Fred Hersch and Julian Lage – Free Flying
This tightly choreographed, swinging performance from pianist Hersch and guitarist Lage is so seamless and tightly fluid that it’s often impossible keep track of who’s playing what. A concert recording from the Kitano from earlier this year, it’s a series of Hersch homages to influences from across the spectrum, with a frequent Brazilian flair – and a throwback to Hersch’s indelible duo album with Bill Frisell about thirteen years ago.

Brian Carpenter’s Ghost Train Orchestra – Book of Rhapsodies
Something of a return to noir form for the trumpeter/bandleader, parsing innovative early third-stream compositions, some with a cinematic or cartoonish tinge, from some familiar and more obscure names from the 30s and 40s: Raymond Scott, Charlie Shavers, Louis Singer and Reginald Foresythe.

John Funkhouser – Still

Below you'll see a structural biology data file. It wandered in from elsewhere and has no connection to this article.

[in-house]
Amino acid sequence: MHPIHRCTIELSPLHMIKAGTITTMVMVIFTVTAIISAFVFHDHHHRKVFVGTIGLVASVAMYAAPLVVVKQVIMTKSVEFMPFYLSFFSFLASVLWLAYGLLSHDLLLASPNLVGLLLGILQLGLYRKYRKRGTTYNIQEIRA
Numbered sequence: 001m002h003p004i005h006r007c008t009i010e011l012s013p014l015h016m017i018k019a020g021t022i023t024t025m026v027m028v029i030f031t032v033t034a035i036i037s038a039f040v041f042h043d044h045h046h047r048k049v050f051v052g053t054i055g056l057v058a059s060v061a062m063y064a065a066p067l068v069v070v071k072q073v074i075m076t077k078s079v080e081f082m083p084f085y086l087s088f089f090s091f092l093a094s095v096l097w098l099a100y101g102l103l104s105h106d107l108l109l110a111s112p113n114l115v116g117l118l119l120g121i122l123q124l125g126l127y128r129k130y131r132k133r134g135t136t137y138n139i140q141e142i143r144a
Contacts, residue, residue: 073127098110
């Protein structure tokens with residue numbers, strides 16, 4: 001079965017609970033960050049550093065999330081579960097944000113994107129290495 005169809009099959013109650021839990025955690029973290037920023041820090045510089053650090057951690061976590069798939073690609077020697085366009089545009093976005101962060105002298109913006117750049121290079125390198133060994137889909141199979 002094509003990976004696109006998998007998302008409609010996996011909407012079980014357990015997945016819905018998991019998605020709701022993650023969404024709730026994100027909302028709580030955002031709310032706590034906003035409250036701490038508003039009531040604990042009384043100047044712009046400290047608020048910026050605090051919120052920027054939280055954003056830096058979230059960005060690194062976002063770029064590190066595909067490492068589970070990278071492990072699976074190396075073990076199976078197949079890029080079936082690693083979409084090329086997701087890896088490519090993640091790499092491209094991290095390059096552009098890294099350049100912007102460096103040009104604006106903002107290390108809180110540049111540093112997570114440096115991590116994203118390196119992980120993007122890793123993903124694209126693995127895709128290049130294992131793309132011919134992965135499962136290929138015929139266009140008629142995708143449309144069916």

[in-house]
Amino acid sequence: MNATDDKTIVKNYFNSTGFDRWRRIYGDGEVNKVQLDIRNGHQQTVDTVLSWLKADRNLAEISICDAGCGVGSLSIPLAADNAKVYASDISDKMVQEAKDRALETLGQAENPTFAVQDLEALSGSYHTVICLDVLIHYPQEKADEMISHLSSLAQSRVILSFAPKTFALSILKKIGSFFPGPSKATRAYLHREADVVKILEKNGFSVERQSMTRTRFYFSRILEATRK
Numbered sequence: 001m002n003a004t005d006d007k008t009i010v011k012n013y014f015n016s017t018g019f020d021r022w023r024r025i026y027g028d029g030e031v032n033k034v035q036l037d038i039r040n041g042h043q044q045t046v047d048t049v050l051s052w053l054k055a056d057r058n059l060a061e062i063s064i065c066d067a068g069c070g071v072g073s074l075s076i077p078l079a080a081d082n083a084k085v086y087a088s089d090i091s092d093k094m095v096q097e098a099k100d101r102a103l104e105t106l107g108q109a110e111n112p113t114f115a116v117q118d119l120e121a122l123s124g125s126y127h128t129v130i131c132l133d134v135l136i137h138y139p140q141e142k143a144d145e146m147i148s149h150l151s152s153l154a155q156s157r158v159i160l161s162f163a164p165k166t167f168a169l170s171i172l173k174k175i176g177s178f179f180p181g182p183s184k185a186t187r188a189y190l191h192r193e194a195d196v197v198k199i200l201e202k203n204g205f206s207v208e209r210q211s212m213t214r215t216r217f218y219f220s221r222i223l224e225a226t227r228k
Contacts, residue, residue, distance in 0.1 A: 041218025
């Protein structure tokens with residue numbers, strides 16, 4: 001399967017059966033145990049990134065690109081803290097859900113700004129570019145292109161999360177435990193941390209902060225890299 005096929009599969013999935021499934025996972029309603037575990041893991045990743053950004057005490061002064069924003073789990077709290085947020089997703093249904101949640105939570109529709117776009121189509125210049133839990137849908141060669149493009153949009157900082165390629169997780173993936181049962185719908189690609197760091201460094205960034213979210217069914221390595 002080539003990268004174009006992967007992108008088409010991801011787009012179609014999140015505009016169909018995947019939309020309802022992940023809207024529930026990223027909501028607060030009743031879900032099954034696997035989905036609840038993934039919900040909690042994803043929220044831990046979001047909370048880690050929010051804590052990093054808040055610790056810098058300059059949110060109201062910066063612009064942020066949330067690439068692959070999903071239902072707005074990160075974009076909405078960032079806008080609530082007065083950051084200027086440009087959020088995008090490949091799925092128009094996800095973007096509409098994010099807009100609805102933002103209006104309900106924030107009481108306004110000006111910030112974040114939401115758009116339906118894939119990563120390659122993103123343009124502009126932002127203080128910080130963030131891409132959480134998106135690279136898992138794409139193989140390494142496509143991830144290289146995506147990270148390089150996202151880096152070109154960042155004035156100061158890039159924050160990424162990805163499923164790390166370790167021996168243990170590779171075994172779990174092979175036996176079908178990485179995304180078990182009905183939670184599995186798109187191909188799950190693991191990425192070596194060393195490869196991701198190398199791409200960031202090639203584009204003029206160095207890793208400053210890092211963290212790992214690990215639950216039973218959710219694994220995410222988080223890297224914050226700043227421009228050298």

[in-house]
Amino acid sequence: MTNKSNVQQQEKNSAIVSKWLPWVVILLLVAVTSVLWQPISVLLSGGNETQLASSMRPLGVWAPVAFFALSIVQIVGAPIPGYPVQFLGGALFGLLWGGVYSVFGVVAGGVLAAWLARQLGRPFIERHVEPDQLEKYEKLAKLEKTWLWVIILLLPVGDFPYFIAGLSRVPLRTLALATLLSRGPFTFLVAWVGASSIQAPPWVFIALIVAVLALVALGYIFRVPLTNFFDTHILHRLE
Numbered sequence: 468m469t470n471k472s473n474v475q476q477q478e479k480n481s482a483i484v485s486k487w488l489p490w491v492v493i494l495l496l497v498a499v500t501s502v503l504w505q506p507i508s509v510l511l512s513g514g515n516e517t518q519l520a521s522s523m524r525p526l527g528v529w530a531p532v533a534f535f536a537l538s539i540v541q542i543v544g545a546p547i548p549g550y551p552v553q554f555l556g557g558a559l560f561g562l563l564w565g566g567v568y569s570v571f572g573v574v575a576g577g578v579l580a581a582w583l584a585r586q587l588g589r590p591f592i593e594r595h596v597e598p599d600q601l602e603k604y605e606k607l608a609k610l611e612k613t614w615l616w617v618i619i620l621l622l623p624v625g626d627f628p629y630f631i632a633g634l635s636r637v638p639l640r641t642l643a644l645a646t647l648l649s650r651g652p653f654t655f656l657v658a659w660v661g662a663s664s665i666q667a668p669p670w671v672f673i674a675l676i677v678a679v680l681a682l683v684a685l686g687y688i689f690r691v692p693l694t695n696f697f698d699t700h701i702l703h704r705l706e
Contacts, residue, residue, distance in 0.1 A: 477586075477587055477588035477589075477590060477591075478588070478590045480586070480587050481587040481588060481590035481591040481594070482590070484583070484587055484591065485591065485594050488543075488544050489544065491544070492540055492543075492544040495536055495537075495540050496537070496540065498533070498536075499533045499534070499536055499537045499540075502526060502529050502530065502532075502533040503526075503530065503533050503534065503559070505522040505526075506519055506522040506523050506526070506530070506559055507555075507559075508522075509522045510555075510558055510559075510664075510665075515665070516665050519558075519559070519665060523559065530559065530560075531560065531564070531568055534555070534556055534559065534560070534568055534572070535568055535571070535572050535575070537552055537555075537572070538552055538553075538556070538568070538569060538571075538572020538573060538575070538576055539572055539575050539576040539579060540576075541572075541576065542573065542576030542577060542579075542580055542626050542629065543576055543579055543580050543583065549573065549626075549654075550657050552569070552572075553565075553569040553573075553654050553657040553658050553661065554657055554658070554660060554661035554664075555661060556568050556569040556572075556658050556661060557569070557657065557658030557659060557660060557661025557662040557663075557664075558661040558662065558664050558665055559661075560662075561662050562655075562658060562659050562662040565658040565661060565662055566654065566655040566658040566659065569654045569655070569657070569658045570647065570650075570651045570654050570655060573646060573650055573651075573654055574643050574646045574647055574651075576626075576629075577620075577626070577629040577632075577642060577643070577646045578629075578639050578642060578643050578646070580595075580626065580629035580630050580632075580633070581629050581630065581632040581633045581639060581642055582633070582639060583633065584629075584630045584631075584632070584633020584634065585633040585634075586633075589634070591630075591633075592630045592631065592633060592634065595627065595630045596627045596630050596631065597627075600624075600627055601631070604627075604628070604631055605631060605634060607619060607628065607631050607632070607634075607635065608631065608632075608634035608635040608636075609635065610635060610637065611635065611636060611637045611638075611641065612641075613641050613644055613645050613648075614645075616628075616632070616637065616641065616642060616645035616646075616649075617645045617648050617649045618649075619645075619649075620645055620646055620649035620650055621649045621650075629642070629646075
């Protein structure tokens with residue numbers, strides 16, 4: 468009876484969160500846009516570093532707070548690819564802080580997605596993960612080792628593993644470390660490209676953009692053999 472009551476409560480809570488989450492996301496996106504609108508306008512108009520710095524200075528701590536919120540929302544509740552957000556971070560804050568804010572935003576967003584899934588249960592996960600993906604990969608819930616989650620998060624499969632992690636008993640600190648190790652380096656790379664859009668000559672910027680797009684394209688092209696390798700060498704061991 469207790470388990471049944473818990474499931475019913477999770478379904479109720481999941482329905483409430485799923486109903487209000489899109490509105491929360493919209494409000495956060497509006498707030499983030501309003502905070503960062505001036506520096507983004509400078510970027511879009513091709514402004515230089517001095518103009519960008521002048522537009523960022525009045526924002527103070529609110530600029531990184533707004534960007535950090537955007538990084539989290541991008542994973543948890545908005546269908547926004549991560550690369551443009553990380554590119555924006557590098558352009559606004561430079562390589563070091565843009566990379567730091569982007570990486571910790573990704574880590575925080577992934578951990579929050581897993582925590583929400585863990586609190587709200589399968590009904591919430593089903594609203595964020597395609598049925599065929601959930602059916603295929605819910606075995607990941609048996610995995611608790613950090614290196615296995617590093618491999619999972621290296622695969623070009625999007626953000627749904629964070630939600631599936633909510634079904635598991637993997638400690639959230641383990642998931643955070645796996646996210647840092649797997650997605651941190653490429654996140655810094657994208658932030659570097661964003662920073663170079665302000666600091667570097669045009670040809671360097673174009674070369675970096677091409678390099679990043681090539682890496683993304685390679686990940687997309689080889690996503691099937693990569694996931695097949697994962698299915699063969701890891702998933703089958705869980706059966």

This trio performance from the third-stream pianist/tunesmith alternates moody and rhythmic tunesmithing, murky dirges and lyrical third-stream glimmer. Brooding latinisms, a gloomy version of House of the Rising Sun and a pitch-black raga-inflected title track make this one of the year’s catchiest, hummable yet darkest releases.

Steve Coleman and Five Elements – Functional Arrythmias
On which the alto saxophonist pays homage to iconic drummer/polymath Milford Graves with a characteristically vivid, bouncily naturalistic series of illustrations of anatomical phenomena. Long, circular rhythmic patterns anchor tight counterpoint between the horns, bass and drums. Riffs are simple, direct and memorable as expected; funk beats morph through tricky time signatures, and nobody wastes notes.

And a shout out to Dan Willis & Velvet Gentlemen’s scary Satie Project Volume 2 album, as well as to Bryan & the Aardvarks, for their glimmering, nocturnal debut, Heroes of Make Believe. Both came out last year but missed the 2012 best-of list here. Since either of those albums could easily top this one, it would be remiss not to mention them here.